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the difference between me and John Piper (or how I spent the year 2010)...

2010 was the year of silence for me. I'd like to say that it was the deep, meaningful kind of silence. You know...the kind that includes prayer and fasting. That's the kind of year I imagine John Piper had during his sabbatical. And now he's back...posting thought provoking poems and tweeting quotes about prayer that are evidence he's spent a lot of time in the presence of God over the past year.

But no...my silence was more of the "lacks any real purpose" kind...the kind that is avoided by filling it with noise. Instead of following in the footsteps of John Piper, I decided my year would be better spent watching all 7 seasons of House over the course of 2 months. And caring way too much about what clothes I decided to wear in the morning. And opening a twitter account. I haven't lived in any other time periods, but I'm pretty sure the society we live in today wins the award for most possible distractions. There is no such thing as unintentional silence today.

Now I find myself in 2011, not being able to say the typical, "Well, 2010 was a tough year. But I'm thankful for the lessons I learned." Because the lessons I learned were more along the lines of how to diagnose rare diseases (at least on television shows) and skinny jeans.

And the fact that I really, really like comfort. That's one of the most painful things I've learned about myself this year. I have spent more days feeling sorry for myself (and asking God to feel sorry for me) than I have in rejoicing in my trials and hardships.

Isn't it funny how words stick in your memory? I remember posting a blog about 2 years on...something. I can't even remember what it was about, but I remember what someone said to me after reading it the next day:

"You sound wounded."

Immediately, two thoughts came into my mind. First, was I? I didn't feel like I was. But writing has a way of bringing out feelings I didn't even know existed in me. And second, if I was wounded...I certainly didn't want to sound like I was. I've been blogging since high school, and when I go back and read all the dramatic stuff I posted, I get embarrassed for myself. In those moments, I always wish I would have been wise enough to not publish my inner-feelings on the internet.

So I deleted that post (though I don't know enough about how the internet works to know whether it still exists somewhere out there in digital space) and vowed never again to write in an emotional state that would expose any current pain I had. Only after healing had taken place and everything was resolved and wrapped in a nice package entitled "Amy's life, Volume VIII" and put on a shelf could I then write about it.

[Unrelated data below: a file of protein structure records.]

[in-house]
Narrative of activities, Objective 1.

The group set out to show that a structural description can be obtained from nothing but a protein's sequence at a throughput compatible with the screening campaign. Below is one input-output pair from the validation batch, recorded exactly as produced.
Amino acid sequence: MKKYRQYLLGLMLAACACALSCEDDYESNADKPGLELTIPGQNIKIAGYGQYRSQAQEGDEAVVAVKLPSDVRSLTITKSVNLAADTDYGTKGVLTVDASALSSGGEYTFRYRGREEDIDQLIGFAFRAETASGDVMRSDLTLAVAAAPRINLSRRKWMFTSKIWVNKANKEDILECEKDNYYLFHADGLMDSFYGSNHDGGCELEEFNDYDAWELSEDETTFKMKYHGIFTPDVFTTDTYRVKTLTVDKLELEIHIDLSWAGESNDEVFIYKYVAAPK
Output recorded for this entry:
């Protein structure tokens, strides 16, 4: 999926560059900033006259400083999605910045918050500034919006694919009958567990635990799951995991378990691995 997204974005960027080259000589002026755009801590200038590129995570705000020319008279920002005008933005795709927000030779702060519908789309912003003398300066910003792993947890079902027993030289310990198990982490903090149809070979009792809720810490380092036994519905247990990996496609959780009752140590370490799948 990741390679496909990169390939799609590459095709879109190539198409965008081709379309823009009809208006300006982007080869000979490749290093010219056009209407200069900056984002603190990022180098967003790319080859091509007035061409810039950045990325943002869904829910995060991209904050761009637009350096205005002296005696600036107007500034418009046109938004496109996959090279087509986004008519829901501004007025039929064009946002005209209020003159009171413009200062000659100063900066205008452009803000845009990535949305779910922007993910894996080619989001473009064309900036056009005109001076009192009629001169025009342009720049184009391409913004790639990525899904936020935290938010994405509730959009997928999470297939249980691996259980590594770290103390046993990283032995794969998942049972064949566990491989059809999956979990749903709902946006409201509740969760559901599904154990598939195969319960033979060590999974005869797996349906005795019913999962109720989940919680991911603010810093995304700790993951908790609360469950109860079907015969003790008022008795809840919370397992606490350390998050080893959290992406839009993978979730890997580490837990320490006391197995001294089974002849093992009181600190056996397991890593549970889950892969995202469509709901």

But here's the thing. I find my own writing incredibly uninspiring when I introduce something I've been wrestling with and, in 500 words or less, make sure the last paragraph reads something like "...and then Jesus showed me this, and life was all better." That may be true...but I hate when the middle of the story is missing. The parts where I really struggled to understand what God was doing, or asked difficult questions. Without those parts, the solutions and answers seem robotic.

I've always been attracted to writers that have the courage to exude a certain type of vulnerability. Not the "I'm going to verbally spew all over this page every detail of my horrible life" type of writing (though admittedly, it can be interesting to witness...but I think it's a good rule to not have the internet be your main source of community for processing everything). No, I'm talking about the type of writing that evokes emotion. The kind that makes people feel a little less alone for searching for answers to life's more difficult questions.

So...this is the middle of my story. It's not the beginning...and it's not the end. I don't know what I want to do with my life, what city or church I'll end up in, or why God is taking me through this season. I'm learning that I don't know myself as well as I thought apart from leadership, and that I have a habit of trading reconciliation for socialization. I get exhausted by my own pride, I'm trying to learn what repentance truly means, and I'm not as courageous as I'd like to be.

This really has nothing to do with comparing myself to John Piper (although John, if you ever do read this...know that I decided to become a Calvinist in 2010. I thought you would be proud). Or anyone, for that matter. I'm just a person refusing to spend another year avoiding what really matters.

Reader Comments (1)

Amy, I love this and I echo your sentiments. I just finished reading the book So You Don't Want To Go TO Church Anymore by Jake Colson. 2011 is going to be about loving Jesus... I mean really loving Jesus and taking each day to discover Him working in and around me. Thanks so much for sharing so poignantly.

Feb 8, 2011 at 12:54 PM | Unregistered CommenterKathie Davis

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